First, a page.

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Staying Ahead of Palmer Amaranth in the Dakotas

Wednesday, January 29, 2020
filed under: Weeds

       Sunflower growers in parts of the High Plains — especially Kansas — have wrestled with Palmer amaranth for a number of years.  The sight of seed-loaded Palmer plants rising above nearby maturing sunflower plants is, unfortunately, not all that uncommon in the area.  Growers and Kansas State University weed scientists, along with those in adjacent districts of neighboring states, have scrambled to keep this troublesome weed in check in sunflower and other rotational crops.  It has not been easy.

       Now, within the past few years, the multi-state Palmer nemesis has generated headlines in the Northern Plains as well.  This species of pigweed has been discovered in several Minnesota counties, in some cases coming in through grain and seed screenings used for cattle feed.

       In North Dakota, “we have found Palmer in nine counties so far,” reports Brian Jenks, weed scientist with North Dakota State University’s North Central Research Extension Center, Minot.  Palmer was discovered in five North Dakota counties in 2018 and in two of those same counties again in 2019.  The weed also was identified in another four counties in 2019.  “In Emmons and Grant, Palmer was found in multiple millet fields,” Jenks says.  “In Sioux County, a single plant was found in a sunflower field; and in Morton County it was found in an alfalfa field.”

       A single plant of a particular weed species may not sound alarms in most cases.  But when that one plant — as is the case with Palmer amaranth — can produce upwards of a half million seeds under the right conditions, it’s definitely worrisome.

       In South Dakota, “Palmer has been found at least once in the past few years in almost every county along the Missouri River,” says Gared Shaffer, South Dakota State University extension weeds field specialist.  “Also, it has been found in counties bordering Nebraska, such as Bennett.” While those specific populations may not still exist, that certainly doesn’t mean the problem has gone away, Shaffer emphasizes.  Understanding, awareness, monitoring and action are the orders of the day both for South Dakotans and for their neighbors to the north

       Both NDSU and SDSU published extension bulletins on Palmer amaranth in 2019.  The NDSU one — titled “Identification, Biology and Control of Palmer Amaranth and Waterhemp in North Dakota” — can be viewed and downloaded through publications/crops/ .  A PDF of the SDSU bulletin — “Identification and Management of Palmer Amaranth in South Dakota” — can be accessed via an online search of its title.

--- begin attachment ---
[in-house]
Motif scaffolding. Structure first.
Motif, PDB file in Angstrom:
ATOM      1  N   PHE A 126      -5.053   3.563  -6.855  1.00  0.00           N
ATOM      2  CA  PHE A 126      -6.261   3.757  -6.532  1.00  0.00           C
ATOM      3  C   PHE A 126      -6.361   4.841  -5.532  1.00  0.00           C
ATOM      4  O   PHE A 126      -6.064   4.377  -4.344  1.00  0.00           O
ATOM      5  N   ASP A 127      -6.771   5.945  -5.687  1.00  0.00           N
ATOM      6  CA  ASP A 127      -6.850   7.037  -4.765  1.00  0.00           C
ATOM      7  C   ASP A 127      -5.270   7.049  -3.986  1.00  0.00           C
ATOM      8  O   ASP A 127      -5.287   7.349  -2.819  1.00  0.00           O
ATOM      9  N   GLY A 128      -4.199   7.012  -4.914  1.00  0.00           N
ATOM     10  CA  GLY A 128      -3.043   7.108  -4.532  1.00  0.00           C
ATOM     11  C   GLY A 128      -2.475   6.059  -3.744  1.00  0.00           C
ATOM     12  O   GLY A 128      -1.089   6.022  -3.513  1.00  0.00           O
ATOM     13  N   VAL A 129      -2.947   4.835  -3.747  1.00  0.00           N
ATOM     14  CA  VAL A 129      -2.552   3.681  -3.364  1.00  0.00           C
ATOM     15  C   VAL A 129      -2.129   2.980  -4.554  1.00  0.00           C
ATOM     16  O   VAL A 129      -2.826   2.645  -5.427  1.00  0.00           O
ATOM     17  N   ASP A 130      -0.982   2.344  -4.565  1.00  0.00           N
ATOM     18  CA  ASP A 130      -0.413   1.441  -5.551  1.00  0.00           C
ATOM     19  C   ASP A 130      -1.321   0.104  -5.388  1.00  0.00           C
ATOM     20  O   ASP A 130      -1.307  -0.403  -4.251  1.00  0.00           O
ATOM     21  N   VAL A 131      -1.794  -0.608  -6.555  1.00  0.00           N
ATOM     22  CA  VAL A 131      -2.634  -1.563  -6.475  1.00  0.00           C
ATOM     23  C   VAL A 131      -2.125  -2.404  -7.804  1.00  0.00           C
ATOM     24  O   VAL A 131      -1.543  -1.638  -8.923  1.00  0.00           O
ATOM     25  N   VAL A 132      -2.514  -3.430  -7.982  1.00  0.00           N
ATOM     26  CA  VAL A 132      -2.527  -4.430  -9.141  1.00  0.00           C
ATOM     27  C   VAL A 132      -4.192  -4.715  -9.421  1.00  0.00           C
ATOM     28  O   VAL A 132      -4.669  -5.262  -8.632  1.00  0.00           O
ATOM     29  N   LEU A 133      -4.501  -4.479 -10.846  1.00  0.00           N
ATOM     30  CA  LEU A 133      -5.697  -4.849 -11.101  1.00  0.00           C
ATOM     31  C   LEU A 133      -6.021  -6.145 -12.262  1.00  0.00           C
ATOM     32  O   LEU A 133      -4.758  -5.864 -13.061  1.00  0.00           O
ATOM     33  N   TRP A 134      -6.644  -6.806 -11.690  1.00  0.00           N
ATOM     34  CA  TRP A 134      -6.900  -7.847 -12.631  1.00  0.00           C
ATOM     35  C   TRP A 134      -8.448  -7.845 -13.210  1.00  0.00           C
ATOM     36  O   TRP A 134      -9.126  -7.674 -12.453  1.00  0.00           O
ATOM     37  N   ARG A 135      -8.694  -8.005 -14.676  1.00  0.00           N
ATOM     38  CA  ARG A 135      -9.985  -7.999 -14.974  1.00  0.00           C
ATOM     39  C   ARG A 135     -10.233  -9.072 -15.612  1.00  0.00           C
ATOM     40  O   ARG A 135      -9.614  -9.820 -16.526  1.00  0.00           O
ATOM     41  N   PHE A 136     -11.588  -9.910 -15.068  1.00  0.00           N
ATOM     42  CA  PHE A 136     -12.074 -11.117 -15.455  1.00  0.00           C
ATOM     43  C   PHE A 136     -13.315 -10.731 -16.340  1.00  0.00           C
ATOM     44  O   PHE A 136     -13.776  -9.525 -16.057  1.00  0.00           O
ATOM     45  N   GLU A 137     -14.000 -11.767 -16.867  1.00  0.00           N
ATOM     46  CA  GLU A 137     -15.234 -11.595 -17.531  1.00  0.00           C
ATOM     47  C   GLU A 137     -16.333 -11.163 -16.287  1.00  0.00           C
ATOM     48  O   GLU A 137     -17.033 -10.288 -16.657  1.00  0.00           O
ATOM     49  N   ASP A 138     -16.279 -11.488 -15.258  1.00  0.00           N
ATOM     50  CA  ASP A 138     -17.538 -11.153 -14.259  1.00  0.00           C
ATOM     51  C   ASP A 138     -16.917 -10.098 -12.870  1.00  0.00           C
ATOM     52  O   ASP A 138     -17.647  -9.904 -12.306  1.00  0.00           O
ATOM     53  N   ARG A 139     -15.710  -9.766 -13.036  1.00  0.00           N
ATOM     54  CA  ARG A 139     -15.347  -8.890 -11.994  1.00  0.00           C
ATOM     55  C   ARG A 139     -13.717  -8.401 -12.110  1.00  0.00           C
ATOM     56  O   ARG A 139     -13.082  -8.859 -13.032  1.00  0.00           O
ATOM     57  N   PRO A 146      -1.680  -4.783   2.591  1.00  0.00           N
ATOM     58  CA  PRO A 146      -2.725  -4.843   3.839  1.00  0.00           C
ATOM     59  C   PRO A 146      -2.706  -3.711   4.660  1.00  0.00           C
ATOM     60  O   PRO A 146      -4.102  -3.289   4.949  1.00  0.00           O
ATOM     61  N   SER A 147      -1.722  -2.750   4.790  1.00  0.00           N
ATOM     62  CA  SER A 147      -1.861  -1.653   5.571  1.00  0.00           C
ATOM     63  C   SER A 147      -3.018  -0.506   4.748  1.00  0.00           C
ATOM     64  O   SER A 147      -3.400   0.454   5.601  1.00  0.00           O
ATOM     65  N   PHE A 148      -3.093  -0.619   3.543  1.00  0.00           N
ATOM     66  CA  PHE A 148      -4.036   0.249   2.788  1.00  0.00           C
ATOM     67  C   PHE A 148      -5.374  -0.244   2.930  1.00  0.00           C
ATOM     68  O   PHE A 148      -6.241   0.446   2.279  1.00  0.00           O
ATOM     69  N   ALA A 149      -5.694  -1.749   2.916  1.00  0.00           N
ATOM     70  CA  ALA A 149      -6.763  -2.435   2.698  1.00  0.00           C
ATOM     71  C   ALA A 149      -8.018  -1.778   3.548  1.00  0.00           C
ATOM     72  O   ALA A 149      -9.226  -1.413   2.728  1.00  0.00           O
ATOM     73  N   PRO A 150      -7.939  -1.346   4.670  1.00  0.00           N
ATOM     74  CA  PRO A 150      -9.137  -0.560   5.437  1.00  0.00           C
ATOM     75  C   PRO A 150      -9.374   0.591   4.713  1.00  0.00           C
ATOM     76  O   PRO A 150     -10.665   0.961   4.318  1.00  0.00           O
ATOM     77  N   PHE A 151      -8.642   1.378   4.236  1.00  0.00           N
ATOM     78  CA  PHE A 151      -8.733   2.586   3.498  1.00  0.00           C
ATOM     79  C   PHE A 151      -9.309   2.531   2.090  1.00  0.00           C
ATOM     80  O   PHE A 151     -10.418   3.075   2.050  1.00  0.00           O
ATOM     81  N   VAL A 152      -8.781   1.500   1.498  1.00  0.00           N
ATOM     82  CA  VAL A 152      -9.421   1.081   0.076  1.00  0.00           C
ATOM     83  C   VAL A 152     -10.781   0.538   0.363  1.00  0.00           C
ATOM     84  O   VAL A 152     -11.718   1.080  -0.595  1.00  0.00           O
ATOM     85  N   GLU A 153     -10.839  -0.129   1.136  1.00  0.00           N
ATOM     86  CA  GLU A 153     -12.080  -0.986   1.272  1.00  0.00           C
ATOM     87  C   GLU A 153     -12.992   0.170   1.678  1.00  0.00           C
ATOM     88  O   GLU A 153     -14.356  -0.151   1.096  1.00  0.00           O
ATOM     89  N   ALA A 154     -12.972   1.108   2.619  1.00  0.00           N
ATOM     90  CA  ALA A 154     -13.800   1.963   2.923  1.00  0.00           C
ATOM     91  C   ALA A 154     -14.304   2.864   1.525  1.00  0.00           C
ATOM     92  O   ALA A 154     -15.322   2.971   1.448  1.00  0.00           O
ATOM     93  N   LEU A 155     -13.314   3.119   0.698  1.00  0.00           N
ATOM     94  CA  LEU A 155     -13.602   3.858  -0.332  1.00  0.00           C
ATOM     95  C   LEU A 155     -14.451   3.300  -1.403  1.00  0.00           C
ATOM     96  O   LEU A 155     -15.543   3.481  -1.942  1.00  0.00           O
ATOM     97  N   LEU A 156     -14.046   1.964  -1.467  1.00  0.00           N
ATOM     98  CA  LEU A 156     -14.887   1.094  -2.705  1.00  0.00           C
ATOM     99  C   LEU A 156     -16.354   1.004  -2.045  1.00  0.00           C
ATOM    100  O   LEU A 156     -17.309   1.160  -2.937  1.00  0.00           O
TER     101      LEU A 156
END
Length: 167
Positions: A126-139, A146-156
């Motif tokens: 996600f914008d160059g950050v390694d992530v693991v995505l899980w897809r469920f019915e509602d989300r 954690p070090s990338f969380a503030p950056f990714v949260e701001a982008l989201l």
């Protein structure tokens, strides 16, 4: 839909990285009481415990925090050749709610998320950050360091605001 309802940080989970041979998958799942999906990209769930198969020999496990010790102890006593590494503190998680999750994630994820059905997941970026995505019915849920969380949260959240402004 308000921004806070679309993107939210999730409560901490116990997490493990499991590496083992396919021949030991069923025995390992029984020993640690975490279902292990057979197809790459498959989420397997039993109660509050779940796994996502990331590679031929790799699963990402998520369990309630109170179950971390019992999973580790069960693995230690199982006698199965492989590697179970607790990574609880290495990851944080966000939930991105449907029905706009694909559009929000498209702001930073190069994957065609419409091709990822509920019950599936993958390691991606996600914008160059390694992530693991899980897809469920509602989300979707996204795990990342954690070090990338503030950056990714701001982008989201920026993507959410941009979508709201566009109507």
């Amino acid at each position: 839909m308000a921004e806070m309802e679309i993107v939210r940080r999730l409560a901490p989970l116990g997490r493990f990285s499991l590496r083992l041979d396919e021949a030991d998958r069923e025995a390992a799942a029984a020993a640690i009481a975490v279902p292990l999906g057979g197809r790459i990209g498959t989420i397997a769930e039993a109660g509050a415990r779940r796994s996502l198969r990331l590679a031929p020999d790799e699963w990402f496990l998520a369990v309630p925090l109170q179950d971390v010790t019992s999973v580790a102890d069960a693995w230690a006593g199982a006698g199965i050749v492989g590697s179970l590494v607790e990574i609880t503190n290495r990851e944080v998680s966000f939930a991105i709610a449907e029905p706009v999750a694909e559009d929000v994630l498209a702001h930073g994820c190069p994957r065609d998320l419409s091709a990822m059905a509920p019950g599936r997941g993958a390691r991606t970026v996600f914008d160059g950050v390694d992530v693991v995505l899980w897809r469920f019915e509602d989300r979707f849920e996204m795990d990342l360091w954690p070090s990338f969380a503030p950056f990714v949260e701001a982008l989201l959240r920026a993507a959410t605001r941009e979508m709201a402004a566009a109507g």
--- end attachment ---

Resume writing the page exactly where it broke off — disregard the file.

Here are some highlights from these two university bulletins regarding the identification and control of Palmer amaranth.

Identifying Palmer Amaranth — Its stems are smooth with no hair.  Petiole length is long — the only pigweed species whose petiole is longer than the plant’s leaf blade.  This trait becomes more noticeable as the plant matures.  Palmer’s leaf shape is wider than waterhemp and not as long. 

      Seed heads of Palmer Amaranth are open, unbranched and very long.  It is a dioecious plant, meaning there are both males and females.  Male plant heads are smooth; those of the females are prickly, with spiny bracts at leaf axils.  The flowering structure of Palmer can be from one to three feet long.  The female seed-producing plants are fertilized via wind-borne pollen from the males.

Plant Biology — Palmer amaranth seeds, like those of all pigweed species, are very small — which in turn makes them easier to be transported, be it via equipment, in cover crop seed, by migratory birds or other means. 

      Palmer amaranth, like waterhemp, can germinate throughout the growing season.  That complicates management in slow-canopying crops and makes for harvest challenges in early maturing crops.  Palmer plants also grow rapidly if conditions are favorable — up to two to three inches per day. 

      NDSU’s Brian Jenks says that at present, he is most concerned about the number of millet fields where Palmer has taken root.  “Because millet is planted late (June and July), Palmer doesn’t have a chance to get real tall — so growers may not see it at all or won’t think it’s a big problem,” Jenks remarks.  “We walked several millet fields with growers [in 2019] and pulled what we could see.  However, I’m concerned about all the other millet fields that may have had Palmer, but growers just didn’t know or recognize it.”